Date

6-2012

Degree Name

BS in Materials Engineering

Department

Materials Engineering Department

Advisor(s)

Katherine C. Chen

Abstract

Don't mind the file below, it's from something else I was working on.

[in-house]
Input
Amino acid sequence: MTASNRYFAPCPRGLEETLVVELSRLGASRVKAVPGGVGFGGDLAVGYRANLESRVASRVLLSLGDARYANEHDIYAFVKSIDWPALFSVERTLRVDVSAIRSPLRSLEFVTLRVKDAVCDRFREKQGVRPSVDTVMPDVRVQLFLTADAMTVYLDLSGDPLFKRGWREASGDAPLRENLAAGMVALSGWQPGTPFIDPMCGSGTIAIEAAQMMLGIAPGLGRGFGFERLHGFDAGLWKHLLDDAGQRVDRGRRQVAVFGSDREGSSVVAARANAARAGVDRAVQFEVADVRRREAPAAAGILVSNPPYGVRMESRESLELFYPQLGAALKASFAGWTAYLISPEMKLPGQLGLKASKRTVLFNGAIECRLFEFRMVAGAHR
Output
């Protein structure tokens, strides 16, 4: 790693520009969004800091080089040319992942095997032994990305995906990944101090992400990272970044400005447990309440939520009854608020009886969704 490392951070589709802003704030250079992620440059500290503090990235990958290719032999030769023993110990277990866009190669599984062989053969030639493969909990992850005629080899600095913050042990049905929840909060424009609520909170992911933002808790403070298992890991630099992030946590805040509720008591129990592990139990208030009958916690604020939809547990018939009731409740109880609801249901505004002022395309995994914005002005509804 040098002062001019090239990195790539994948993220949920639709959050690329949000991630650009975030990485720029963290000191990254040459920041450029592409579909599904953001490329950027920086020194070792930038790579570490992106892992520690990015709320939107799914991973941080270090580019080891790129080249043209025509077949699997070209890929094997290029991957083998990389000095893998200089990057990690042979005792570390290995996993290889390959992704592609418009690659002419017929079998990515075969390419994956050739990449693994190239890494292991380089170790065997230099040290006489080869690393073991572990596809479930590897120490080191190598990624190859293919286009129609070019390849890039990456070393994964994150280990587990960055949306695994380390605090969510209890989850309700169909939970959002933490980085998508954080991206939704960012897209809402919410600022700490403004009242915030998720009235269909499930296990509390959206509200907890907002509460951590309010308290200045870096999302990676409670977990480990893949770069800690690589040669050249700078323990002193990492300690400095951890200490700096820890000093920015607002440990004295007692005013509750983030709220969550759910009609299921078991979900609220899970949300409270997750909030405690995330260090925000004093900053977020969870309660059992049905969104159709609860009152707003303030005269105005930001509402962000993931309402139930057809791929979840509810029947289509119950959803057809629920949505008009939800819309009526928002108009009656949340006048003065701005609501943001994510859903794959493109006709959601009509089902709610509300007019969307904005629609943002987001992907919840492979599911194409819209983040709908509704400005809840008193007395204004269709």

Silver nanoparticles were synthesized through the reduction of AgNO3 using NaBH4. The borohydride anions were adsorbed onto silver nanoparticles. The repelling forces of the borohydride anions prevented the aggregation of particles, but the addition of an electrolyte or agitation induced aggregation. A yellow hue was given off by the silver nanoparticle sol that, using a spectrophotometer, had plasmon resonance at 386 nm. The silver nanoparticles were estimated to be 10 to 20 nm in diameter. Gold nanoparticles were synthesized through the reduction of HAuCl4 using Na3C6H5O7. The gold nanoparticle sol gave off a red hue that had plasmon resonance at 515 nm. The gold nanoparticles were estimated to be 10 to 25 nm in diameter. A gold nanoparticle sol was used in informal education demonstrations for pre-middle school children in an open setting, and for middle school children in an organized setting. The older children were much more receptive to the information. The ineffectiveness of the demonstrations for the younger children was attributed to the lack of hands-on interaction involved with the nanoparticle demonstrations. The nanoparticles were also demonstrated during a college-level materials laboratory. The activity allowed the students to synthesize the nanoparticles and alter the color through aggregation. Students attempted adding PVA to the nanoparticles to create 'stained glass' as a takeaway. A list of questions was given to the students to prompt further thinking and evaluate the effectiveness of the activity. The quiz results showed a minimal increase in nanoparticle understanding, but it may have been a factor of an ineffective lab design and not asking the right questions in the quiz. The low cost and learning potential of the reduction of silver nitrate through sodium borohydride could lead to a future addition to current laboratories.

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